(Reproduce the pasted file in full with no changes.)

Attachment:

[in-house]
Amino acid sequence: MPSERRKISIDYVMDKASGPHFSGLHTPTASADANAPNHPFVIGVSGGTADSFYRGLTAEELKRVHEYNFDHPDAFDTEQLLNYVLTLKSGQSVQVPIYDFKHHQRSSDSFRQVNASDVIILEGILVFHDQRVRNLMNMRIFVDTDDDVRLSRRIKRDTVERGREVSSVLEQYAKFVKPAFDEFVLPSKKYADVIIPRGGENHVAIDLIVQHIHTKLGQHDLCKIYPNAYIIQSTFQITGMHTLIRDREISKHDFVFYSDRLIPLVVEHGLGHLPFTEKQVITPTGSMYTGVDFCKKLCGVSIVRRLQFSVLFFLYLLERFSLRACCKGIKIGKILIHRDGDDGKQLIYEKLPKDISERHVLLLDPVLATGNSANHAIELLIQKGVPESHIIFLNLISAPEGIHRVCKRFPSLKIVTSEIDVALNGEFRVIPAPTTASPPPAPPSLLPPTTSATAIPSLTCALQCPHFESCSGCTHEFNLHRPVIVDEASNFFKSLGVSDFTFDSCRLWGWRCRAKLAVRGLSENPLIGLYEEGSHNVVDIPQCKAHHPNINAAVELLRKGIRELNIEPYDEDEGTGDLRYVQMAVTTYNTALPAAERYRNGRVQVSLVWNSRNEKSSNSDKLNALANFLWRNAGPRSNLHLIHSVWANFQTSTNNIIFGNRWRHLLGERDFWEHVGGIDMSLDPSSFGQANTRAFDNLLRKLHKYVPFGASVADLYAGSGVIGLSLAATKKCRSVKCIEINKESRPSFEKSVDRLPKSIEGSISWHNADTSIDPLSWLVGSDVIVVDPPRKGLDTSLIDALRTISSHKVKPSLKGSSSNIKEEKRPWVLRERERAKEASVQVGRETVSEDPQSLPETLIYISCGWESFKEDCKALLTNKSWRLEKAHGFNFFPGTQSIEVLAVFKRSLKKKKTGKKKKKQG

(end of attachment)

[in-house]
Amino acid sequence: MPSERRKISIDYVMDKASGPHFSGLHTPTASADANAPNHPFVIGVSGGTADSFYRGLTAEELKRVHEYNFDHPDAFDTEQLLNYVLTLKSGQSVQVPIYDFKHHQRSSDSFRQVNASDVIILEGILVFHDQRVRNLMNMRIFVDTDDDVRLSRRIKRDTVERGREVSSVLEQYAKFVKPAFDEFVLPSKKYADVIIPRGGENHVAIDLIVQHIHTKLGQHDLCKIYPNAYIIQSTFQITGMHTLIRDREISKHDFVFYSDRLIPLVVEHGLGHLPFTEKQVITPTGSMYTGVDFCKKLCGVSIVRRLQFSVLFFLYLLERFSLRACCKGIKIGKILIHRDGDDGKQLIYEKLPKDISERHVLLLDPVLATGNSANHAIELLIQKGVPESHIIFLNLISAPEGIHRVCKRFPSLKIVTSEIDVALNGEFRVIPAPTTASPPPAPPSLLPPTTSATAIPSLTCALQCPHFESCSGCTHEFNLHRPVIVDEASNFFKSLGVSDFTFDSCRLWGWRCRAKLAVRGLSENPLIGLYEEGSHNVVDIPQCKAHHPNINAAVELLRKGIRELNIEPYDEDEGTGDLRYVQMAVTTYNTALPAAERYRNGRVQVSLVWNSRNEKSSNSDKLNALANFLWRNAGPRSNLHLIHSVWANFQTSTNNIIFGNRWRHLLGERDFWEHVGGIDMSLDPSSFGQANTRAFDNLLRKLHKYVPFGASVADLYAGSGVIGLSLAATKKCRSVKCIEINKESRPSFEKSVDRLPKSIEGSISWHNADTSIDPLSWLVGSDVIVVDPPRKGLDTSLIDALRTISSHKVKPSLKGSSSNIKEEKRPWVLRERERAKEASVQVGRETVSEDPQSLPETLIYISCGWESFKEDCKALLTNKSWRLEKAHGFNFFPGTQSIEVLAVFKRSLKKKKTGKKKKKQG